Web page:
signal based on an upper cut-off frequency, and then deriving other sig-
nals by processing the digitized signal. The processing may involve
extraction of lower-frequency signals and the determination of envelopes
and maxima, etc.—EEU
7,798,448
43.50.Nm FLOW-DRIVEN OSCILLATING ACOUSTIC
ATTENUATOR
Alan J. Bilanin et al., assignors to Continuum Dynamics,
Incorporated
21 September 2010 (Class 244/130); filed 9 January 2008
This patent discloses a technique for mitigating the pressure oscilla-
tions caused by flow over an open-faced cavity. The author specifically
targets the kind of problems associated with bomb bays, wheel wells, and
other cavities on airplanes and claims to have found a passive solution to
reducing the magnitude of the pressure fluctuations inside these cavities
without significant expenditure of energy, as might be required for active
sound absorbers inside the cavities. The text describes the origin of the
problem and some previous attempts at solving it, and then describes a so-
lution involving a set of vanes that protrude from the skin of the aircraft
into the flow stream just ahead of the cavity. Each vane is flexible in two
dimensions, which is easily affected by the use of cutouts to make hinges
in the metal as shown in the figure. When air passes the vane from left to
right at high velocity (the authors use 100–128 ft/s in their studies), it can
excite the vane into oscillation about both a vertical and a horizontal axis,
breaking up the steady flow of air into a set of vortices of wavelength 10–
100 times the chord length of the vanes prior to the air’s encounter with
the cavity. This was verified experimentally with wind tunnel
1667 J. Acoust. Soc. Am., Vol. 129, No. 3, March 2011 1667
Redistribution subject to ASA license or copyright; see http://acousticalsociety.org/content/terms. Download to IP: 129.8.222.98 On: Tue, 17 May 2016 18:41:43
measurements and pressure measurements inside a model 7 8 in. cavity,
in which pressure fluctuations were as high as 135 dB before and 125 dB
after treatment, respectively. The authors claim that the technique will
work over a wider range of speeds than those measured, which would
seem desirable. When will we be seeing these on aircraft?—JAH
7,797,116
43.50.Yw SYSTEM AND METHOD OF ACOUSTIC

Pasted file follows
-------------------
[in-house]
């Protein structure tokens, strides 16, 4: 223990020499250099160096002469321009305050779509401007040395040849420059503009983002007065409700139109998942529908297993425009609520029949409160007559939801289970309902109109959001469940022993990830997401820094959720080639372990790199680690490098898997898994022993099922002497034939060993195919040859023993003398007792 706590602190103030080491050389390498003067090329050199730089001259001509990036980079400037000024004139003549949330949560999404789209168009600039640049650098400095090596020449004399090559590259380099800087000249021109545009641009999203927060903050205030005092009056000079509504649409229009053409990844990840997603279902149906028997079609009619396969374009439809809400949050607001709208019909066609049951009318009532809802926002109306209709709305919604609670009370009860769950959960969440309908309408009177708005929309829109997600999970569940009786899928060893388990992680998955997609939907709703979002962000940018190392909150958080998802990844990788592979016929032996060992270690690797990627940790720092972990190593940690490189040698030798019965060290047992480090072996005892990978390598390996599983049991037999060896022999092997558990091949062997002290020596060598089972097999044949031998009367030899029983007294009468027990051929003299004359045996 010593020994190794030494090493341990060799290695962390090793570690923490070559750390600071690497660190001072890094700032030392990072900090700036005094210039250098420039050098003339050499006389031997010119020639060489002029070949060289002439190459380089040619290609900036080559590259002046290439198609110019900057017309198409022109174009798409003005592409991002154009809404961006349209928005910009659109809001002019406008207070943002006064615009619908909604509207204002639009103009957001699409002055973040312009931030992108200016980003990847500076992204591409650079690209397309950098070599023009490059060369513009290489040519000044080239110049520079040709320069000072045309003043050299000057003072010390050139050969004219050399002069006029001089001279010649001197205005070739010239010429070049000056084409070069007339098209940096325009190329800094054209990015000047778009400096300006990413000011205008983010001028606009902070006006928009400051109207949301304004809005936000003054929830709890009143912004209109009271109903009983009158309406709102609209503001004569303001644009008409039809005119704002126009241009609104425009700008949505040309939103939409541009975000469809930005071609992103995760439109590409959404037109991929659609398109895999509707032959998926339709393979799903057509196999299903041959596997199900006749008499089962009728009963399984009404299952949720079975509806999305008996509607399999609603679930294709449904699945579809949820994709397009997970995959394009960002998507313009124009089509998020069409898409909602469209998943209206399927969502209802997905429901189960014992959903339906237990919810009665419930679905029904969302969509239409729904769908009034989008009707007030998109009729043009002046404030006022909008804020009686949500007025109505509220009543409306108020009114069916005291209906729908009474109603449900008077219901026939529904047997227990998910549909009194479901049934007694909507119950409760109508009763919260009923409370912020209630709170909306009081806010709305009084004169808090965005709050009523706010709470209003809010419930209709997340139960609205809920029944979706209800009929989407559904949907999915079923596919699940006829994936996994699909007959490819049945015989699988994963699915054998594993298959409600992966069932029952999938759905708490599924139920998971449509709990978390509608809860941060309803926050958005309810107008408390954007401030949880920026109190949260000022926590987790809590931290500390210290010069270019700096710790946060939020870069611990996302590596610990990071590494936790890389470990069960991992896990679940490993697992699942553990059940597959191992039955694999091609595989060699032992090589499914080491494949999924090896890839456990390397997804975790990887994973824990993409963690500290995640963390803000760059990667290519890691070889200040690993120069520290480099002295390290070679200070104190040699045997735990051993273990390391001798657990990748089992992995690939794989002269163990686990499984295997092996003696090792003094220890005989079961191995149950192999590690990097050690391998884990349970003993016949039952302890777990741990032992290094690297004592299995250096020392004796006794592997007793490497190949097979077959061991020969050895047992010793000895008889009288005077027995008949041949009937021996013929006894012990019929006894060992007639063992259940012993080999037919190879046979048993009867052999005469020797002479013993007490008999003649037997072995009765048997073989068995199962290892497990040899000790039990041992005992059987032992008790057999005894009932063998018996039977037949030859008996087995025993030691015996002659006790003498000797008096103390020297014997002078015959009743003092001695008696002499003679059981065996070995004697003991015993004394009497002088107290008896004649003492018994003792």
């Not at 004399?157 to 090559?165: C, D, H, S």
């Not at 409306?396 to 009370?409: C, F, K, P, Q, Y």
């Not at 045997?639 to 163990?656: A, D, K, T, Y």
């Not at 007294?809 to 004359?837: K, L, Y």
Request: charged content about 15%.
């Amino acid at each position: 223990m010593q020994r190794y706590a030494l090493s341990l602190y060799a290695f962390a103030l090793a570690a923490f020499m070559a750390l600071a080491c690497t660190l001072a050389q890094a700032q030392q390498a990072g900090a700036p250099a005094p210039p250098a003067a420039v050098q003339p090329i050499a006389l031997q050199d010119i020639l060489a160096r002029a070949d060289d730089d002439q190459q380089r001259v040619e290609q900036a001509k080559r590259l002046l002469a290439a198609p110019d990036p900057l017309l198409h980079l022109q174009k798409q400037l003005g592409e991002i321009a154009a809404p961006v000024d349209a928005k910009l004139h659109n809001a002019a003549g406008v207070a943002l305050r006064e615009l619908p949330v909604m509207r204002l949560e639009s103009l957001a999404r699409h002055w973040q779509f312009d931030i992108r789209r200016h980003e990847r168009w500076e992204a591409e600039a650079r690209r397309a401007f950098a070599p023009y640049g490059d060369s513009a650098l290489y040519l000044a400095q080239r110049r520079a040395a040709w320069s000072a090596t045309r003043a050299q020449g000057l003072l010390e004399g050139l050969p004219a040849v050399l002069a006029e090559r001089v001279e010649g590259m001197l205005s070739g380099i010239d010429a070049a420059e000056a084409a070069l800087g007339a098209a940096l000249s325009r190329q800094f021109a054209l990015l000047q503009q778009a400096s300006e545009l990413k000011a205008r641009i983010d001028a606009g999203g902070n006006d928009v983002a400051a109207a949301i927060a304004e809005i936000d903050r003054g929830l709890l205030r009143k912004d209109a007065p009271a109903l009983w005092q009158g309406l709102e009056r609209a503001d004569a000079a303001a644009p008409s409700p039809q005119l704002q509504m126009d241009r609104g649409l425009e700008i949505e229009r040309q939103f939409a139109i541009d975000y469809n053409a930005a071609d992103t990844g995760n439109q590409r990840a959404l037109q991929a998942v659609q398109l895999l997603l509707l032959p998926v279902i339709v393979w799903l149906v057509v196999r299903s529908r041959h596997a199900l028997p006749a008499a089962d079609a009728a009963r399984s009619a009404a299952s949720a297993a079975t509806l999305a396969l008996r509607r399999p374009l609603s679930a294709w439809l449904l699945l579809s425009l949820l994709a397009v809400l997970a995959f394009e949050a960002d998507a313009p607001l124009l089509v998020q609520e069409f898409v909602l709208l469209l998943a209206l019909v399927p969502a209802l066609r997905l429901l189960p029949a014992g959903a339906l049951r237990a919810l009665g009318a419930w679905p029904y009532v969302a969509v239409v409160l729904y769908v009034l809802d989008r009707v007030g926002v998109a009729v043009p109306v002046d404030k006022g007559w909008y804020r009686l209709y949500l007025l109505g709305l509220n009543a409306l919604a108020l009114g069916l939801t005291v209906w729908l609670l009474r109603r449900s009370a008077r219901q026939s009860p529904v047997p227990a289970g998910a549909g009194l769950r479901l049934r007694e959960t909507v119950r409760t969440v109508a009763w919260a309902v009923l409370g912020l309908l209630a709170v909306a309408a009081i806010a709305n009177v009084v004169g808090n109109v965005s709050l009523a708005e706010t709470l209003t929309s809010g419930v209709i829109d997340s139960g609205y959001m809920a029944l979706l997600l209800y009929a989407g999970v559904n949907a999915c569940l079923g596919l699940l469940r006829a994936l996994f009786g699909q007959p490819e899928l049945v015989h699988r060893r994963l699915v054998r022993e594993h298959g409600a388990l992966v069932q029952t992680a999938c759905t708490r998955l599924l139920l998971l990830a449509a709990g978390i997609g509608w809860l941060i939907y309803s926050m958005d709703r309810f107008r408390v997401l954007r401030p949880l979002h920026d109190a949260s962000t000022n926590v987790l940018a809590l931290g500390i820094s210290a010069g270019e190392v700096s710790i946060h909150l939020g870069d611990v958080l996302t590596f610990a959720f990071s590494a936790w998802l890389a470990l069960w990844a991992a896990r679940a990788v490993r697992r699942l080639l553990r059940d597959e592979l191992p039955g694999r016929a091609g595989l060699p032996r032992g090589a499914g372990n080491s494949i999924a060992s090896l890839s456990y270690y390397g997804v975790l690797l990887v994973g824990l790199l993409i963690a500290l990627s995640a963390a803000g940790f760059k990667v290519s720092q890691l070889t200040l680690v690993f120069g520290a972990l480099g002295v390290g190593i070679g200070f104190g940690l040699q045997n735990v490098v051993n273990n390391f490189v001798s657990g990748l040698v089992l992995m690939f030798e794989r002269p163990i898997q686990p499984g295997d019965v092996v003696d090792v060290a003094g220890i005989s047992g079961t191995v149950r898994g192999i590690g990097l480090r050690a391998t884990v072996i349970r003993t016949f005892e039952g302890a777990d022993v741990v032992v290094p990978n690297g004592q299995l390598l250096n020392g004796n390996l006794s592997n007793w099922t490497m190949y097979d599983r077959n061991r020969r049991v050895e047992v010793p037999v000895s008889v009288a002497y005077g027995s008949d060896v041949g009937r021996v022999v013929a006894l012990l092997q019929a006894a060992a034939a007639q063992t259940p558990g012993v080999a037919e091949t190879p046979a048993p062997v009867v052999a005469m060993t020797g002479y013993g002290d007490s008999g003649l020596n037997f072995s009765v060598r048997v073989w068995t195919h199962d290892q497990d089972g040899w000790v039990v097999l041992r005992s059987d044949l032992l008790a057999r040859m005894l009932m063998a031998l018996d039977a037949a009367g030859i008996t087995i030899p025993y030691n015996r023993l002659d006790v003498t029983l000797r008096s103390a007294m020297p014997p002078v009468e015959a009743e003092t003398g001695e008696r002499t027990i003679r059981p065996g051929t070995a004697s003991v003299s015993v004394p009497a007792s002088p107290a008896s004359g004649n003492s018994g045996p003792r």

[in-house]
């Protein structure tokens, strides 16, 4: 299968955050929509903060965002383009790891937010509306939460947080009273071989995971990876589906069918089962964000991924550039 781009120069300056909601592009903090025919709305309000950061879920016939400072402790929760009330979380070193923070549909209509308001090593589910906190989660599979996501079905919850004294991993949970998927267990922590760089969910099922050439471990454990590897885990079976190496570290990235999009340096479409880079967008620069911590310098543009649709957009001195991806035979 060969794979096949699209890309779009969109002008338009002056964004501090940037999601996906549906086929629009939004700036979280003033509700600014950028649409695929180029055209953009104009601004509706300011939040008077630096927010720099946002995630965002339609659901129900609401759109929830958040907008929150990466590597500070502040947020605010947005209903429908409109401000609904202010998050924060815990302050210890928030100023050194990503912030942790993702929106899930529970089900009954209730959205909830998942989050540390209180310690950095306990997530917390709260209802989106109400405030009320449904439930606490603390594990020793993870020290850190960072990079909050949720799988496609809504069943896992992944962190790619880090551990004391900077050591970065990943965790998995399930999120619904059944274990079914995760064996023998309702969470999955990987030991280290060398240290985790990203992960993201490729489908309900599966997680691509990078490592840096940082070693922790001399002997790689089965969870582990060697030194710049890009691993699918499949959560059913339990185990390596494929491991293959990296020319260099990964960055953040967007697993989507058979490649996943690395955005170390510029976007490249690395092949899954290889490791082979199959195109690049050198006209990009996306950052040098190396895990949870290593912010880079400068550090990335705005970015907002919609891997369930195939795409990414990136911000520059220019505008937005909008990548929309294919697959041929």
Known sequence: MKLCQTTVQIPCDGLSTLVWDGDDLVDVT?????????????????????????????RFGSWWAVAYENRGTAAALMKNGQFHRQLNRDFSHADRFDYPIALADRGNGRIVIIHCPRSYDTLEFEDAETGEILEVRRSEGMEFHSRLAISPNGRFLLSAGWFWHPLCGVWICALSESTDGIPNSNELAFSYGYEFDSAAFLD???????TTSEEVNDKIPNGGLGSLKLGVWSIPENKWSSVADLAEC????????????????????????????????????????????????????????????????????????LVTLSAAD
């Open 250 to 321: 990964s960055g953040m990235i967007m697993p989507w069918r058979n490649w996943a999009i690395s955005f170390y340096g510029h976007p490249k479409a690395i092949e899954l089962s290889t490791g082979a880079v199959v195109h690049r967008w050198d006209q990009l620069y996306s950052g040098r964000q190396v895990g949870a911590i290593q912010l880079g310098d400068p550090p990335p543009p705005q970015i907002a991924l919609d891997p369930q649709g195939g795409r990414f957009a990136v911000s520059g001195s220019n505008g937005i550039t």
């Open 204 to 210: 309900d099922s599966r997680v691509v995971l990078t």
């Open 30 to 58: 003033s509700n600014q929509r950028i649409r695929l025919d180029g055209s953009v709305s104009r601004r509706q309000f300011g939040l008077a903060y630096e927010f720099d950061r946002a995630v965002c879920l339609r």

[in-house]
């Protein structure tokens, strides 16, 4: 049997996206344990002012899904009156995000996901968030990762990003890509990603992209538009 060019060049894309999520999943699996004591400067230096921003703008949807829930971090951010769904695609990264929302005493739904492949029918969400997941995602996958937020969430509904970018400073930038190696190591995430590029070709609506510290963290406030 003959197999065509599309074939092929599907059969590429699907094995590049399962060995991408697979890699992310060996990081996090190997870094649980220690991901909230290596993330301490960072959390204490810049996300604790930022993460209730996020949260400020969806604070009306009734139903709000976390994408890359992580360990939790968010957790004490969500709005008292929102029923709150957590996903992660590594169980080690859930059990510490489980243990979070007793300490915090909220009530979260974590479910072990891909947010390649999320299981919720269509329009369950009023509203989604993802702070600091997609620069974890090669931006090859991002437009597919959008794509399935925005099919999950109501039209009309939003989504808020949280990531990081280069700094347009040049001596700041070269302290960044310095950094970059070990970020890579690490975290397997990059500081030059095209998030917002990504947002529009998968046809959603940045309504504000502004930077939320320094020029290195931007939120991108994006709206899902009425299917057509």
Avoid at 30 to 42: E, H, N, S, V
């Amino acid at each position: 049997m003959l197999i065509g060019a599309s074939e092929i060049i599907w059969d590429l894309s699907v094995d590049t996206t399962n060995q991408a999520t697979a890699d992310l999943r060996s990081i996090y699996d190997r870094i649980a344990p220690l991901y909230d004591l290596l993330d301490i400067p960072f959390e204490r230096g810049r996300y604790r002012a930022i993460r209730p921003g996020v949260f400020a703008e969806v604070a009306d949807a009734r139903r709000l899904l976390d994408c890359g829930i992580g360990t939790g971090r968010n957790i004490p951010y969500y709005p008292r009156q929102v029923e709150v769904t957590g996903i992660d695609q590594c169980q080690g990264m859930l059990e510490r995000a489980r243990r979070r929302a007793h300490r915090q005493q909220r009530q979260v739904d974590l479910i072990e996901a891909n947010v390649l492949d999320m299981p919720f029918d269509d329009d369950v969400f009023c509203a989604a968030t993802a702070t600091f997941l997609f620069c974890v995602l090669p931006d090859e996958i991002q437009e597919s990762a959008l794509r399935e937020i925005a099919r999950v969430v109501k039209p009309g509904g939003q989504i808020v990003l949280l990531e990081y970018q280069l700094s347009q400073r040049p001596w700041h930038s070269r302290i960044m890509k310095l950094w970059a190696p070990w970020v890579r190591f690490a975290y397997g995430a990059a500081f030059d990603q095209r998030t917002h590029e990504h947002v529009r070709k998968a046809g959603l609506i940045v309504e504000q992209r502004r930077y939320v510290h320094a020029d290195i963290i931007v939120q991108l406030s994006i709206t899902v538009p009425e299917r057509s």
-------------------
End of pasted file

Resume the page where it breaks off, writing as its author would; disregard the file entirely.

DETECTION AND LOCATION OF FIRE SPRINKLER
WATER DISCHARGE
Andrew G. Berezowski et al., assignors to Honeywell International
Incorporated
14 September 2010 (Class 702/66); filed 12 October 2006
The patent describes a system and method for detecting audible acous-
tical signals to localize a sprinkler head that is discharging water.—CJR
7,798,287
43.55.Ti ACOUSTICAL CEILING PANELS
Kevin J. Surace et al., assignors to Serious Materials, Incorporated
21 September 2010 (Class 181/290); filed 20 January 2005
This ceiling panel is designed to provide improved sound transmis-
sion loss (through the use of a multi-layered damping configuration) as
well as a sound absorptive finish (if desired). The panel can be supported
in a suspended grid and thus can be installed like a typical acoustic tile
ceiling. Many different configurations of the panels are listed.—CJR
7,799,410
43.55.Ti ACOUSTICAL SOUND PROOFING
MATERIAL WITH IMPROVED DAMPING AT SELECT
FREQUENCIES AND METHODS FOR
MANUFACTURING SAME
Brandon D. Tinianov, assignor to Serious Materials, Incorporated
21 September 2010 (Class 428/212); filed 31 August 2007
The patent presents expansion of the multi-layered, constrained layer
damping materials from previous patents, with a seemingly endless variety
of layers of materials, types of interlayers, different materials, etc.—CJR
7,769,183
43.60.Dh SYSTEM AND METHOD FOR AUTOMATIC
ROOM ACOUSTIC CORRECTION IN MULTI-
CHANNEL AUDIO ENVIRONMENTS
Sunil Bharitkar and Chris Kyriakakis, assignors to University of
Southern California
3 August 2010 (Class 381/59); filed 20 June 2003
A means of processing audio signals so that the ‘‘distortion at a
receiving position mainly due to interaction with room boundaries and the
buildup of standing waves at low frequencies’’ at multiple positions in an
enclosure, such as a ‘‘room, automobile interior, movie theaters, etc.’’ is
‘‘substantially distortion-free.’’ In one aspect of the invention the general
response in the enclosure is determined by a pattern recognition method,
‘‘determining a minimum-phase signal and all-pass signal from the general
response so that the room correction filter could be the inverse of the min-
imum phase signal,’’ or it could be ‘‘the inverse of the minimum-phase
signal and a matched filter that is derived from the all-pass signal.’’
Another aspect of the invention uses the ‘‘cluster room acoustical
response’’ to achieve the same end.—NAS
7,610,205
43.60.Ek HIGH QUALITY TIME-SCALING AND
PITCH-SCALING OF AUDIO SIGNALS
Brett Graham Crockett, assignor to Dolby Laboratories Licensing
Corporation
27 October 2009 (Class 704/503); filed 12 February 2002
This patent is a large hodge-podge of methods for time- and pitch-
scaling of audio signals in general. There are numerous descriptions of
psychoacoustic criteria, cross-fading at splice points, and other things
which are all part of prior art. It is difficult to tease out what novel things
are here. The eight claims deal chiefly with simplistic methods for select-
ing splice points and dividing a signal into ‘‘auditory events’’ for subse-
quent psychoacoustic analysis. It seems that none of the hard stuff is
actually in the claims.—SAF
1668 J. Acoust. Soc. Am., Vol. 129, No. 3, March 2011 1668
Redistribution subject to ASA license or copyright; see http://acousticalsociety.org/content/terms. Download to IP: 129.8.222.98 On: Tue, 17 May 2016 18:41:43
7,804,964
43.64.Ha DEVICE FOR PROTECTING THE HEARING
FROM LOUD MRT SOUNDS
Axel Schreiber, assignor to Siemens Aktiengesellschaft
28 September 2010 (Class 381/73.1); filed in Germany 5 January
2005
This concept for attenuating the sound experienced by a patient